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Laparoscopic liver resection of segment 8 via a hepatic parenchymal transection-first approach guided by the middle hepatic vein



Pure laparoscopic liver resection (LLR) of segment 8 (S8) is still rarely performed due to the lack of an appropriate surgical approach. This article discusses the technical tips and operation methods for LLR of S8 via a hepatic parenchymal transection-first approach.


Clinical data of 22 patients who underwent LLR of S8 via a hepatic parenchymal transection-first approach guided by the middle hepatic vein (MHV) in the Second Affiliated Hospital, Third Military Medical University (Army Medical University) from May 2017 to February 2020 were retrospectively analyzed.


The mean age was 51.1 ± 11.6 years; mean operation time, 186.6 ± 18.4 min; median blood loss, 170.0 ml (143.8–205.0 ml); and median length of hospital stay, 8.0 days (7.0–9.0 days). There was no case of open conversion. Pathologic findings revealed all cases of hepatocellular carcinoma (HCC). Pathology showed free surgical margins. Post-operative complications included liver section effusion, pleural effusion, pneumonia, intra-abdomen bleeding and bile leak. All the complications responded well to conservative treatment. No other abnormality was noted during outpatient follow-up examination. All patients survived tumor-free.


LLR of S8 is still quite challenging at present, and it is our goal to design a reasonable procedure with accurate efficacy and high safety. We use hepatic parenchymal transection-first approach guided by the MHV for LLR of S8. This technique overcomes the problem of high technical risk, greatly reduces the surgical difficulty and achieves technological breakthroughs, but there are still many problems worth further exploration.

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Due to the lack of anatomic landmarks on the liver surface, anatomical variations and cross distribution of intrahepatic Glisson and hepatic venous systems, laparoscopic liver resection (LLR) [1, 2] for lesions in segment 8 (S8) is considered a difficult and challenging surgical procedure by the minimally invasive surgery community. However, with increasing experience and developments in surgical techniques and instruments, limited reports in the last few years have shown the feasibility and safety of this surgery [3, 4]. There are many technical tips for LLR of S8, and the core technical tip is how to choose an appropriate laparoscopic approach, which is a main determinant of surgical success. To date, the approaches for LLR of S8 roughly include ultrasound-guided S8 segmental portal branch puncture, a hepatic hilum Glisson pedicle approach, and a left and right hemi-hepatic splitting approach [5,6,7]. However, all these approaches have certain drawbacks. Through continuous learning and exploration, we have carried out LLR via a hepatic parenchymal transection-first caudal approach guided by the middle hepatic vein (MHV) and applied it to resection of S8. LLR of S8 via a hepatic parenchymal transection-first approach guided by the MHV is a feasible and effective technique. The specific strategy described here may help laparoscopic surgeons safely perform this challenging procedure.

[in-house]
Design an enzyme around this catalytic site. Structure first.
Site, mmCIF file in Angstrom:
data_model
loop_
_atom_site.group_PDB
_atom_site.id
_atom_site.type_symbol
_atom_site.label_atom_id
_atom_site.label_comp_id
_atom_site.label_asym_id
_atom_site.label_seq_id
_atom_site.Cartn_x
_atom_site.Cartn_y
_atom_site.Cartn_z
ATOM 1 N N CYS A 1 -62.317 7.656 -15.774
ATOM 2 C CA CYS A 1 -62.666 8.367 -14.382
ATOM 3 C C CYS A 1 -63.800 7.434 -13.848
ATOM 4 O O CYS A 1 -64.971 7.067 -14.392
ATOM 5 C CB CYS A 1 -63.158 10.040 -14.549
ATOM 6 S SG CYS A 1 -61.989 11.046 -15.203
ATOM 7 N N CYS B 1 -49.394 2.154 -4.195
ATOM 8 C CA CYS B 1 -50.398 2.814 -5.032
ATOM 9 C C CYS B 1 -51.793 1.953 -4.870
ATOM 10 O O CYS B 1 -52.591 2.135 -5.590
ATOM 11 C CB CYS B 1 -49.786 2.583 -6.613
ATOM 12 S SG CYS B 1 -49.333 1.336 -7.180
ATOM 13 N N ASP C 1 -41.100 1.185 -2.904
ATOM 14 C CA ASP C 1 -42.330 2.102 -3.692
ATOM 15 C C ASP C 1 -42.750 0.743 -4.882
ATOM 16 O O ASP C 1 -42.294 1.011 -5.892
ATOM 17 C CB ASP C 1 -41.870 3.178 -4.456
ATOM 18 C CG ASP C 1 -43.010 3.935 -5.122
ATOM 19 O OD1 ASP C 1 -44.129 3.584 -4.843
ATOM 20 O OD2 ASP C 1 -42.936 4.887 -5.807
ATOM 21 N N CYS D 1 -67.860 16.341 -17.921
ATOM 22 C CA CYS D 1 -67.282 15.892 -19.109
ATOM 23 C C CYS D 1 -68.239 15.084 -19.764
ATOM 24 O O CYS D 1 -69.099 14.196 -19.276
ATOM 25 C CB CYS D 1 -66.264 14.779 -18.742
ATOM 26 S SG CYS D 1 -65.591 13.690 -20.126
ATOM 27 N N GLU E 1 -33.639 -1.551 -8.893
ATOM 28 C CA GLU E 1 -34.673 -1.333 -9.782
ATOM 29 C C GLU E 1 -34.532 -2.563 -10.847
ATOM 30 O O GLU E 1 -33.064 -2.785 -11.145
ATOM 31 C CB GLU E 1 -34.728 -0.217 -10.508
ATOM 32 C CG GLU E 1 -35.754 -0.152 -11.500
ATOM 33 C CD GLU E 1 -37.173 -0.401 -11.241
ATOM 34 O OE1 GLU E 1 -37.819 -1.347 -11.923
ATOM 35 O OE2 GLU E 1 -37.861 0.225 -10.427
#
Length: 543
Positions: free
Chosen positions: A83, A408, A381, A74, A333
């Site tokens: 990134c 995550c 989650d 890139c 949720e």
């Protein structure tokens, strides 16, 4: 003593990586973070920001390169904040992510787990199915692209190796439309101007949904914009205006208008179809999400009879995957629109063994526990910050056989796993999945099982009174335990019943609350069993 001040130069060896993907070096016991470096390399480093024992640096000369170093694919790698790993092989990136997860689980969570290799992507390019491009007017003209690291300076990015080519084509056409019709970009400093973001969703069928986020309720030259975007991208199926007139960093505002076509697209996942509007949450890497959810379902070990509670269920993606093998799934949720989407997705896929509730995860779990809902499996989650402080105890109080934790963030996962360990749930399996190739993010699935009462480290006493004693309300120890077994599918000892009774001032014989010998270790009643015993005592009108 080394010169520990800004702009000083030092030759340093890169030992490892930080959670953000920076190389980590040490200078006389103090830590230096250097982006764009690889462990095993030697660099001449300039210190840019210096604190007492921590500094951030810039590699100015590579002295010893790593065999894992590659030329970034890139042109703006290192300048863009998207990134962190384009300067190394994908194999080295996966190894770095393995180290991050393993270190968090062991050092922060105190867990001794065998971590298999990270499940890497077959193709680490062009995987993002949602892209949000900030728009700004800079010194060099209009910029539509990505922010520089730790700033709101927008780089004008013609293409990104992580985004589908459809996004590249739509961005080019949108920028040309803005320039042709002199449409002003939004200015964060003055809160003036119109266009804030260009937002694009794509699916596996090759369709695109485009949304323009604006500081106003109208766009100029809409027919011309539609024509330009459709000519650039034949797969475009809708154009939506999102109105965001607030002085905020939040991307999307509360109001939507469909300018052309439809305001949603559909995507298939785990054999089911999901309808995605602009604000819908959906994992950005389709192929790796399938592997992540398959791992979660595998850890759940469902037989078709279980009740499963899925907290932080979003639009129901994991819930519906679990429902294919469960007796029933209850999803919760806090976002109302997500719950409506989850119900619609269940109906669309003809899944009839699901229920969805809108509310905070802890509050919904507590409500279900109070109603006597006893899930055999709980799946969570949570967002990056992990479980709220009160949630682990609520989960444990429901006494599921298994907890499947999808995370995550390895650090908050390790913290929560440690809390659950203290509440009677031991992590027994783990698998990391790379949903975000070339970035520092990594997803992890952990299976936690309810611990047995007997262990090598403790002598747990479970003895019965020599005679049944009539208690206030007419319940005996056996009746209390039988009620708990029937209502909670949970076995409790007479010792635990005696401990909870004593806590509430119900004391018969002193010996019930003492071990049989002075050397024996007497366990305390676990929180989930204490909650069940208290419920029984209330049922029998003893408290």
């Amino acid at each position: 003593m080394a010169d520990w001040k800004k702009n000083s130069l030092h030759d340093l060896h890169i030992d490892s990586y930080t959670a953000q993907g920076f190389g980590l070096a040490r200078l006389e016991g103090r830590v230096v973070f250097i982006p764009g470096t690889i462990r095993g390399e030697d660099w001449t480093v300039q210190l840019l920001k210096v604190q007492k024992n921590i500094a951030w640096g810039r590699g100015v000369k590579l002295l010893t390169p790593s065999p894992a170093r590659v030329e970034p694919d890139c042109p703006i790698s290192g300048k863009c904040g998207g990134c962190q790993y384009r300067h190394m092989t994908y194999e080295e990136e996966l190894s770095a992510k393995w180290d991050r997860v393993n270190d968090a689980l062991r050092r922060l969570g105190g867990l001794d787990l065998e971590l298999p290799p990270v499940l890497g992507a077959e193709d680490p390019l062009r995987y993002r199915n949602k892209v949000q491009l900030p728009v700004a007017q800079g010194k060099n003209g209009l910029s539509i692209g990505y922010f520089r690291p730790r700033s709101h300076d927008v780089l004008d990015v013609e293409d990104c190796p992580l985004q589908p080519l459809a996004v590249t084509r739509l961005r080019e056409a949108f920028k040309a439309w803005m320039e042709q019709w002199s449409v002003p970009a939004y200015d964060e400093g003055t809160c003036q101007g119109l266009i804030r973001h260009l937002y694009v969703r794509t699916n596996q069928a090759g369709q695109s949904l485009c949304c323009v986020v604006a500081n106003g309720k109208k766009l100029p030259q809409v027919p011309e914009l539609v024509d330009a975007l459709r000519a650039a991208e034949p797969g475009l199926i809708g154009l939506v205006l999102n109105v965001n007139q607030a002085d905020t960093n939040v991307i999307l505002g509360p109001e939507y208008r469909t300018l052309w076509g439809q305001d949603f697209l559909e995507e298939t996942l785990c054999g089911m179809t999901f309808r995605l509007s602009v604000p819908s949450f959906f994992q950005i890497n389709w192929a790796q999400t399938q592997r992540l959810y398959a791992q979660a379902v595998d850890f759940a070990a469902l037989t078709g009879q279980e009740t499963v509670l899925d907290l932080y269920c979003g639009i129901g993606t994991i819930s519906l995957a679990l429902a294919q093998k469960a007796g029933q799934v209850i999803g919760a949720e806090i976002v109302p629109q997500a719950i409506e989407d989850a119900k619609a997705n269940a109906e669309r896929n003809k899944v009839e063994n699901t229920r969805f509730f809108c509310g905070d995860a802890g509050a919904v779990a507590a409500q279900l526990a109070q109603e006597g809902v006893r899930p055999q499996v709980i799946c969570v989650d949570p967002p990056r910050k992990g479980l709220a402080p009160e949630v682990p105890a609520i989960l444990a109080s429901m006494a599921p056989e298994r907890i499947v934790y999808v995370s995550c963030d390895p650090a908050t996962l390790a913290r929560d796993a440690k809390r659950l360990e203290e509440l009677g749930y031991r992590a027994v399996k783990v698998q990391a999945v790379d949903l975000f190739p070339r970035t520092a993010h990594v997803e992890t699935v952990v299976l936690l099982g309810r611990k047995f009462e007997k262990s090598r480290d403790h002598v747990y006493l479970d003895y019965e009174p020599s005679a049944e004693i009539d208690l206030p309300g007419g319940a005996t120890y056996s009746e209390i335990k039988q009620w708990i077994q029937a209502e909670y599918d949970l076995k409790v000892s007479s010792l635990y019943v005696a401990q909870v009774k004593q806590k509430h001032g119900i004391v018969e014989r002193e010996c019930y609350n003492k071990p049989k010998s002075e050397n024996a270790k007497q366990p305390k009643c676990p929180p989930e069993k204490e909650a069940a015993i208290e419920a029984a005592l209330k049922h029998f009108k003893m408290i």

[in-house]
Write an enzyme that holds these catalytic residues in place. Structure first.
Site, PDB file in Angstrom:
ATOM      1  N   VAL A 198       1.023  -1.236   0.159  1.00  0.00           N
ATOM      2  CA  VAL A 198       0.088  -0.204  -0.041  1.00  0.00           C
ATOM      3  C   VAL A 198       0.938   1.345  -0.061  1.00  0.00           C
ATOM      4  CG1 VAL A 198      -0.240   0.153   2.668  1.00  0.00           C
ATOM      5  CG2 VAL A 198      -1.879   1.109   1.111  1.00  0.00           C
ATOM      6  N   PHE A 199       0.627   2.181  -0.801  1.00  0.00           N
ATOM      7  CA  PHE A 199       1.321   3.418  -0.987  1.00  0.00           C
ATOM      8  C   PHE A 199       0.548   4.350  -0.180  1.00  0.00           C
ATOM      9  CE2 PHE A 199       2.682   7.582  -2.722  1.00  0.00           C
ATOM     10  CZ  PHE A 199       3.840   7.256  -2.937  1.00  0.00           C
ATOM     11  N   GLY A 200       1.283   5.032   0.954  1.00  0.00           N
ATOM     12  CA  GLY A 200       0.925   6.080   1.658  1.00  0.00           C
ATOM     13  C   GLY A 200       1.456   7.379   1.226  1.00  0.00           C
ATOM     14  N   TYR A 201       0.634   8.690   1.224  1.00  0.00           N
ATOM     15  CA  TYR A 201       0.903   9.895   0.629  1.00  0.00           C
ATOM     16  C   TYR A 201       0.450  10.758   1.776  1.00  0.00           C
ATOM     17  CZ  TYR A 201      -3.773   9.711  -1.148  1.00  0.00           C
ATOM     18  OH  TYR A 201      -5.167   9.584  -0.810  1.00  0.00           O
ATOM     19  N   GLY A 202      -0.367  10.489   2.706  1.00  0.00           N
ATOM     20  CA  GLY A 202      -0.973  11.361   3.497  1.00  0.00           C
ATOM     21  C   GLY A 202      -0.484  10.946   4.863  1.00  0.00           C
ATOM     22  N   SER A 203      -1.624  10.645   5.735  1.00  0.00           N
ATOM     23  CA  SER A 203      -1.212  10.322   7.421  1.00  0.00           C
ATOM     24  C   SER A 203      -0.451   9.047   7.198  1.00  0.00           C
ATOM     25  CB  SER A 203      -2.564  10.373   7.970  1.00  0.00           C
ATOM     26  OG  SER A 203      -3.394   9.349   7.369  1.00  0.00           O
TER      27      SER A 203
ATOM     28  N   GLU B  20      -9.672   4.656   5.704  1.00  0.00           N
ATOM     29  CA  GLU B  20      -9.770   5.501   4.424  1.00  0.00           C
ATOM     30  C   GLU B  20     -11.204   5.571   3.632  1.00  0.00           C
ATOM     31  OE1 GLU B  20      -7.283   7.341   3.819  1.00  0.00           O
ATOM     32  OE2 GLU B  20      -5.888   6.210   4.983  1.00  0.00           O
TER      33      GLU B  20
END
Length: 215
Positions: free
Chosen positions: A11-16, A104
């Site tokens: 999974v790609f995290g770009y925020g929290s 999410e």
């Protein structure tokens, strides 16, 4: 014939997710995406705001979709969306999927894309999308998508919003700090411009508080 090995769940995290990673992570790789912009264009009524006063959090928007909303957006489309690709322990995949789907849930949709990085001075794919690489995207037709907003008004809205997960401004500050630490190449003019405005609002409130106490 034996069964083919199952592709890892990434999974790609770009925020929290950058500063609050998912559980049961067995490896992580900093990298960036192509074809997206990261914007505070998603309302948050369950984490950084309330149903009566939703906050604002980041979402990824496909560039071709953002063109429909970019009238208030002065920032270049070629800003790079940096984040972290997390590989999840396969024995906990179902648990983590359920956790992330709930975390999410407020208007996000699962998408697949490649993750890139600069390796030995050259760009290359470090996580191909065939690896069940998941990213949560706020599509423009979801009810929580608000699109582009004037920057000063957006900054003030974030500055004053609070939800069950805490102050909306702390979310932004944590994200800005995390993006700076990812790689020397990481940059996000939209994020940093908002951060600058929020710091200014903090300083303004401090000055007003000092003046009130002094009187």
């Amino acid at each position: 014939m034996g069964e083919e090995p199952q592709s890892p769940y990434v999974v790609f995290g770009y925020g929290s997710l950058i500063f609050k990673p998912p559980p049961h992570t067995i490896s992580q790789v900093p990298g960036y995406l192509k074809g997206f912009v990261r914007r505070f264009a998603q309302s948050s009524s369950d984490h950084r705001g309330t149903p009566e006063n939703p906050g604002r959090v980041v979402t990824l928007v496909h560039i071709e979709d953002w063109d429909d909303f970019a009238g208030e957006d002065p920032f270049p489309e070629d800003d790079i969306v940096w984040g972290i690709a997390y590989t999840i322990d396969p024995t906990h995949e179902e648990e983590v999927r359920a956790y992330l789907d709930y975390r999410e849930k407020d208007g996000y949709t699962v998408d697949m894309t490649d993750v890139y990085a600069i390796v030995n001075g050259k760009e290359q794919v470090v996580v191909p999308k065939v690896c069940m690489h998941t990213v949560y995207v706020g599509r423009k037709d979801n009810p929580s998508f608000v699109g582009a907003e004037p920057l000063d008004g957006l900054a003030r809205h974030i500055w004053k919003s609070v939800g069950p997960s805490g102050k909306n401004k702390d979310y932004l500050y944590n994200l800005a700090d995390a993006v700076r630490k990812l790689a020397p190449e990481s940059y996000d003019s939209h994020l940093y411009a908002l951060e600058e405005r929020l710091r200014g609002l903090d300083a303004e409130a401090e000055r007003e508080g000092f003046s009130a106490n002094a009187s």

Patient and methods


The data of patients who underwent laparoscopic liver resectionin the Second Affiliated Hospital, Third Military Medical University (Army Medical University) between May 2017 and February 2020 were retrospectively collected. The selection criteria for patients in this study included (1) male or female patients aged 18–75 years, (2) liver function classified as Child–Pugh class A or B; (3) histologically confirmed hepatocellular carcinoma (HCC) and (4) patients underwent LLR of S8 via a hepatic parenchymal transection-first approach. The following patients were excluded: (1) the presence of severe dysfunction of organs, (2) LLR of S8 via a hepatic parenchymal transection-first approach combined with the resection of other parts of the liver and/or other organs except for cholecystectomy. Our institution instituted a formal multidisciplinary tumor board for the treatment of HCC. All new HCC cases were presented for decision making and discussion. Patients received the whole course of antiviral treatment for Hepatitis B virus (HBV). The prophylactic antibiotic therapy was intravenously administered 30 min before the surgery and maintained until the second postoperative day. Post-operative management included hematischesis, hepatic function protection, analgesia, rehydration and other symptomatic and supportive care.


The patient was placed in a reversed Trendelenburg and left semilateral position with head up 30° and leg splitting (Fig. 1). The surgeon stood on the right side of the patient, the camera assistant stood between the spread legs, and the assistant and monitor were on the left side of the patient, facing the surgeon. The trocars were inserted according to the 5-port-method. The initial trocar (10-mm) is placed at a site 2 cm right of the umbilicus and was used as observation port. Two 12-mm ports were inserted at 5 cm below the costal margin on the right midclavicular line (for the right main working) and below the xiphoid (for the left main working), respectively. The 5-mm port was placed at the midpoint of xiphoid process and the umbilicus as the left subsidiary port. Additional 5-mm port was placed at the subcostal area that meets the right anterior axillary line as the right subsidiary port (Fig. 2). A 5-port “J” configuration is established around the target liver segment. This port placement can be placed more cranially according to patient's somatotype, which is intended to facilitate left, caudal and right side transection plane and caudal side transection plane with the transection device. To prepare for extracorporeal Pringle’s maneuver, a 3-mm length incision was made between left two ports through which a self-designed tube would be inserted for holding a cotton tape around the hepatoduodenal ligament. Central venous pressure (CVP) was kept lower than 5 cmH2O.